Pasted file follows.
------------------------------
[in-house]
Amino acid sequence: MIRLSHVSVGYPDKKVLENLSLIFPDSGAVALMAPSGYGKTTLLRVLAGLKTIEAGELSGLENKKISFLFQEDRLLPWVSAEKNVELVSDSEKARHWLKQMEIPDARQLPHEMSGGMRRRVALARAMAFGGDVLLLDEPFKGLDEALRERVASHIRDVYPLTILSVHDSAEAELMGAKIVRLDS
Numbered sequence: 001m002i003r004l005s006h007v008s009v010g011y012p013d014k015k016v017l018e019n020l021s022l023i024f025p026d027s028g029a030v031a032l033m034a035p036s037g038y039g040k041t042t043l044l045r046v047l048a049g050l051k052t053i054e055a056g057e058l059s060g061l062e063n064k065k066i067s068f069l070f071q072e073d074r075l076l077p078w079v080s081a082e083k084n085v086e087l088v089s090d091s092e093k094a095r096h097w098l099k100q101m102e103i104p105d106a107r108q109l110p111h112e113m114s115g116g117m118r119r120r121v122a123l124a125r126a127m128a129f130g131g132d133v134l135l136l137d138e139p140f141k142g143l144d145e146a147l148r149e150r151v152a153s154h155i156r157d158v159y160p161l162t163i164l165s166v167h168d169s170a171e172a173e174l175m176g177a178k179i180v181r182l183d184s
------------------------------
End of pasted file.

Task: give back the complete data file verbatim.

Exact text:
[in-house]
Amino acid sequence: MIRLSHVSVGYPDKKVLENLSLIFPDSGAVALMAPSGYGKTTLLRVLAGLKTIEAGELSGLENKKISFLFQEDRLLPWVSAEKNVELVSDSEKARHWLKQMEIPDARQLPHEMSGGMRRRVALARAMAFGGDVLLLDEPFKGLDEALRERVASHIRDVYPLTILSVHDSAEAELMGAKIVRLDS
Numbered sequence: 001m002i003r004l005s006h007v008s009v010g011y012p013d014k015k016v017l018e019n020l021s022l023i024f025p026d027s028g029a030v031a032l033m034a035p036s037g038y039g040k041t042t043l044l045r046v047l048a049g050l051k052t053i054e055a056g057e058l059s060g061l062e063n064k065k066i067s068f069l070f071q072e073d074r075l076l077p078w079v080s081a082e083k084n085v086e087l088v089s090d091s092e093k094a095r096h097w098l099k100q101m102e103i104p105d106a107r108q109l110p111h112e113m114s115g116g117m118r119r120r121v122a123l124a125r126a127m128a129f130g131g132d133v134l135l136l137d138e139p140f141k142g143l144d145e146a147l148r149e150r151v152a153s154h155i156r157d158v159y160p161l162t163i164l165s166v167h168d169s170a171e172a173e174l175m176g177a178k179i180v181r182l183d184s